A View To A Thrill


Wes Wehmiller expounds on bass life with Duran Duran, influences, equipment, and the essence of being a professional musician.
For the last four years, Wes Wehmiller has been holding down the bottom for the seminal synth-pop band, Duran Duran. ActiveBass' Chris Tarry caught up with the Wes man to get his thoughts on being a successful sideman, the LA studio scene, and the importance of playing selflessly and in context. Considering the fact that Wes and Chris were once roommates at the Berklee College of Music in Boston, it wasn't hard for the two to fall back into the same familiar groove. Here's the discussion that ensued:

Chris Tarry: Hi Wes, and thanks for hangin' here with us at ActiveBass. Can you tell us a little bit about your bass playing history?

Wes Wehmiller: Well, the only thing that makes my "history" a little different is that I started at an unusually early age. I guess it didn't do me much good though. When you're a little kid, you have mental and physical limitations, and I still, to this day, lack some vocabulary among other things.

Other than that, my time line is pretty typical: junior high school dances, high school jazz bands, garage bands, cover bands, useless original projects, etc. I spent 2 years at the Berklee College of Music, and I regret leaving before I could get a degree. However, I met quite a few valuable people, both students and faculty, many with whom I'm still working.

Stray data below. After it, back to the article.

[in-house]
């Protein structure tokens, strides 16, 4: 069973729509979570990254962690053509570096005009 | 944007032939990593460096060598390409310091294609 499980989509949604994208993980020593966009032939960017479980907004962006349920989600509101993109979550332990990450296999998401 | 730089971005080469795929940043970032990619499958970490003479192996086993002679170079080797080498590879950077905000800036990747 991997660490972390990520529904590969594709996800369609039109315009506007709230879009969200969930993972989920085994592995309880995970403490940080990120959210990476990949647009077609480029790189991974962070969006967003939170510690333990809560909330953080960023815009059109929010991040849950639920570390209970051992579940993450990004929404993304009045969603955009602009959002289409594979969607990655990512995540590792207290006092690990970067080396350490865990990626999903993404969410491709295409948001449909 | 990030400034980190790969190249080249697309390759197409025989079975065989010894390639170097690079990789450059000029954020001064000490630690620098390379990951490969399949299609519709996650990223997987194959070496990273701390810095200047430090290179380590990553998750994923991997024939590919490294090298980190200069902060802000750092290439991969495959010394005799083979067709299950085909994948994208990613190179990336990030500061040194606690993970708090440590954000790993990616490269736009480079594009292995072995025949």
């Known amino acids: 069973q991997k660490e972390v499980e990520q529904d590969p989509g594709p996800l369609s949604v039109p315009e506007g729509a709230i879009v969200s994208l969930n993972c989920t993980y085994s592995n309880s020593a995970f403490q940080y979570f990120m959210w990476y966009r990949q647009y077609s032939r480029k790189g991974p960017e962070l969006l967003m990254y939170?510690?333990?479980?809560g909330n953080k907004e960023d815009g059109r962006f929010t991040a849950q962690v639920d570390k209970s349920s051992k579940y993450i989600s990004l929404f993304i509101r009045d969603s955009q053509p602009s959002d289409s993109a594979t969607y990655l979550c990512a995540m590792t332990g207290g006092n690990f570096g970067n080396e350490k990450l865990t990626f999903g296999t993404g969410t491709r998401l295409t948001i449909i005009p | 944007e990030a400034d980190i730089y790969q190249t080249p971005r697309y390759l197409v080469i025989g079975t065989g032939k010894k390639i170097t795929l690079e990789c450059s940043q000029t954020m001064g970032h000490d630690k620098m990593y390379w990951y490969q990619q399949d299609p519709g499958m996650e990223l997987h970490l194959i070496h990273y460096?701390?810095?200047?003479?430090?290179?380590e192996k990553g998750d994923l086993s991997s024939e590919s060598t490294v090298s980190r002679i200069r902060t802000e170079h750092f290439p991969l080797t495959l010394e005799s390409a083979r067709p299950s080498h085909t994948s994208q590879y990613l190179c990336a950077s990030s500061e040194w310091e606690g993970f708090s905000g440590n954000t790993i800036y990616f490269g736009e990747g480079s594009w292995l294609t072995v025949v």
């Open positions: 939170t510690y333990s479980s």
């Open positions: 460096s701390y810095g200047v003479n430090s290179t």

CT: You have amazing facility on the bass, and I've seen you play almost every kind of gig. How do you approach a more roots kind of pop gig like Duran Duran?

Wes: Duran Duran is a very comfortable musical environment for me to approach. When I started working with them in 1997, I found it to be one of the easiest situations I've ever had to settle in to, both musically and socially. I consider myself to be a simple-minded "commercial" bass player (when I play bass). And, there's nothing more fulfilling for me than to put a foundation on a well-written song. Duran Duran has a ton of amazing songs, and good music is the easiest music to learn. Good pop music is very predictable, and I mean this in a good way. I'm extremely lucky to have been a part of that for the last four years.

CT: What kind of equipment are you using these days?

Wes: The older I get, the less I like to think about equipment, and I hate having to turn around to tweak something. So, every year I'm stripping my gear down to less buttons, bells, and whistles. My rig has always been 100% SWR, with nothing but 10" speakers. I've always liked how practical their stuff is, and the fact that the factory is here in LA and that I've got personal connections there. They also have loaner stock all over the world. And, oh yeah, it sounds great.

I finally acquired my dream bass from Jim Tyler of Tyler Guitars. It's a beautiful sounding long-scale 5-string, and it's the first instrument I've ever been able to use exclusively. I'll never get rid of my P-bass, or my Ernie Balls, or my Sadowsky, or anything else, but I can grab the Tyler in pretty much any situation.

And, of course, the people at La Bella Strings have been wonderful since I hooked up with them.

CT: I know you also do a lot of session work in L.A. What are some of the more important aspects of being a successful session bassist?